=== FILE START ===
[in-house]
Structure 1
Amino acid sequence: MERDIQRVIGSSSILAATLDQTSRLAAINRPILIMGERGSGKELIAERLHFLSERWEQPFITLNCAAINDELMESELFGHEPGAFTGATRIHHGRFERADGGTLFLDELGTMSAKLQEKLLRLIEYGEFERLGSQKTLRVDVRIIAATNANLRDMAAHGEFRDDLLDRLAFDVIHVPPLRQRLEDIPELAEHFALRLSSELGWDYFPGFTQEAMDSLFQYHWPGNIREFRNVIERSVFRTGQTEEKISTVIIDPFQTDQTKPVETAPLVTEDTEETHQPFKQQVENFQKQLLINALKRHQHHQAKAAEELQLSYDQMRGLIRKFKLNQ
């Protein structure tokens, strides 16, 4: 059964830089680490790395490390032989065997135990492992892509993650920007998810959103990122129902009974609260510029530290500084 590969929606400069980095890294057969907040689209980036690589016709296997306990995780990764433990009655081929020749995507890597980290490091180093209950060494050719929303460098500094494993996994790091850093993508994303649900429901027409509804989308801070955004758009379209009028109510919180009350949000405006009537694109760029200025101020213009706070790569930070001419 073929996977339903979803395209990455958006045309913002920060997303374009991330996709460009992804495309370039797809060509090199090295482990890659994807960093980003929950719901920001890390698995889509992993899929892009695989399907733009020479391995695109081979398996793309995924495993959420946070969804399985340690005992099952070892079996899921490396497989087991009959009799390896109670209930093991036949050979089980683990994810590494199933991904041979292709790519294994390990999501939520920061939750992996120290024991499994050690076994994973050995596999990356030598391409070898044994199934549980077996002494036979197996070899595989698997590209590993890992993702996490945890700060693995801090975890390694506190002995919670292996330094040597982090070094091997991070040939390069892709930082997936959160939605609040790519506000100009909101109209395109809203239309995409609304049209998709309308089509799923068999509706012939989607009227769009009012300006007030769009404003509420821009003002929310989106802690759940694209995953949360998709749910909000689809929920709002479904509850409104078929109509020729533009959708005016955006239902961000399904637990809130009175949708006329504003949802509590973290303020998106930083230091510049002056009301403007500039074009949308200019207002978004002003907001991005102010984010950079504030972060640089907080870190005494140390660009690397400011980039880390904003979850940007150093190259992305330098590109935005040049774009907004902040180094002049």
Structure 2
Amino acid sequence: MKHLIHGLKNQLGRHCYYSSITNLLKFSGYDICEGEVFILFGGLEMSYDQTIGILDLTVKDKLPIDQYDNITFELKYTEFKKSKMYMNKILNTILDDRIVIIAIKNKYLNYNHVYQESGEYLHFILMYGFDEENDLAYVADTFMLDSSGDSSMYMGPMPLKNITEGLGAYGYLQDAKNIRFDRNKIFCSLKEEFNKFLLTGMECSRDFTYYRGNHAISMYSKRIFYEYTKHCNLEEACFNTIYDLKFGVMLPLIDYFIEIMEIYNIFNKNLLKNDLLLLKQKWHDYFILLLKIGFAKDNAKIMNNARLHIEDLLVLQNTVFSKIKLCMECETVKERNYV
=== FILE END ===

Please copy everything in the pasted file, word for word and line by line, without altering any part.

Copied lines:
[in-house]
Structure 1
Amino acid sequence: MERDIQRVIGSSSILAATLDQTSRLAAINRPILIMGERGSGKELIAERLHFLSERWEQPFITLNCAAINDELMESELFGHEPGAFTGATRIHHGRFERADGGTLFLDELGTMSAKLQEKLLRLIEYGEFERLGSQKTLRVDVRIIAATNANLRDMAAHGEFRDDLLDRLAFDVIHVPPLRQRLEDIPELAEHFALRLSSELGWDYFPGFTQEAMDSLFQYHWPGNIREFRNVIERSVFRTGQTEEKISTVIIDPFQTDQTKPVETAPLVTEDTEETHQPFKQQVENFQKQLLINALKRHQHHQAKAAEELQLSYDQMRGLIRKFKLNQ
């Protein structure tokens, strides 16, 4: 059964830089680490790395490390032989065997135990492992892509993650920007998810959103990122129902009974609260510029530290500084 590969929606400069980095890294057969907040689209980036690589016709296997306990995780990764433990009655081929020749995507890597980290490091180093209950060494050719929303460098500094494993996994790091850093993508994303649900429901027409509804989308801070955004758009379209009028109510919180009350949000405006009537694109760029200025101020213009706070790569930070001419 073929996977339903979803395209990455958006045309913002920060997303374009991330996709460009992804495309370039797809060509090199090295482990890659994807960093980003929950719901920001890390698995889509992993899929892009695989399907733009020479391995695109081979398996793309995924495993959420946070969804399985340690005992099952070892079996899921490396497989087991009959009799390896109670209930093991036949050979089980683990994810590494199933991904041979292709790519294994390990999501939520920061939750992996120290024991499994050690076994994973050995596999990356030598391409070898044994199934549980077996002494036979197996070899595989698997590209590993890992993702996490945890700060693995801090975890390694506190002995919670292996330094040597982090070094091997991070040939390069892709930082997936959160939605609040790519506000100009909101109209395109809203239309995409609304049209998709309308089509799923068999509706012939989607009227769009009012300006007030769009404003509420821009003002929310989106802690759940694209995953949360998709749910909000689809929920709002479904509850409104078929109509020729533009959708005016955006239902961000399904637990809130009175949708006329504003949802509590973290303020998106930083230091510049002056009301403007500039074009949308200019207002978004002003907001991005102010984010950079504030972060640089907080870190005494140390660009690397400011980039880390904003979850940007150093190259992305330098590109935005040049774009907004902040180094002049």
Structure 2
Amino acid sequence: MKHLIHGLKNQLGRHCYYSSITNLLKFSGYDICEGEVFILFGGLEMSYDQTIGILDLTVKDKLPIDQYDNITFELKYTEFKKSKMYMNKILNTILDDRIVIIAIKNKYLNYNHVYQESGEYLHFILMYGFDEENDLAYVADTFMLDSSGDSSMYMGPMPLKNITEGLGAYGYLQDAKNIRFDRNKIFCSLKEEFNKFLLTGMECSRDFTYYRGNHAISMYSKRIFYEYTKHCNLEEACFNTIYDLKFGVMLPLIDYFIEIMEIYNIFNKNLLKNDLLLLKQKWHDYFILLLKIGFAKDNAKIMNNARLHIEDLLVLQNTVFSKIKLCMECETVKERNYV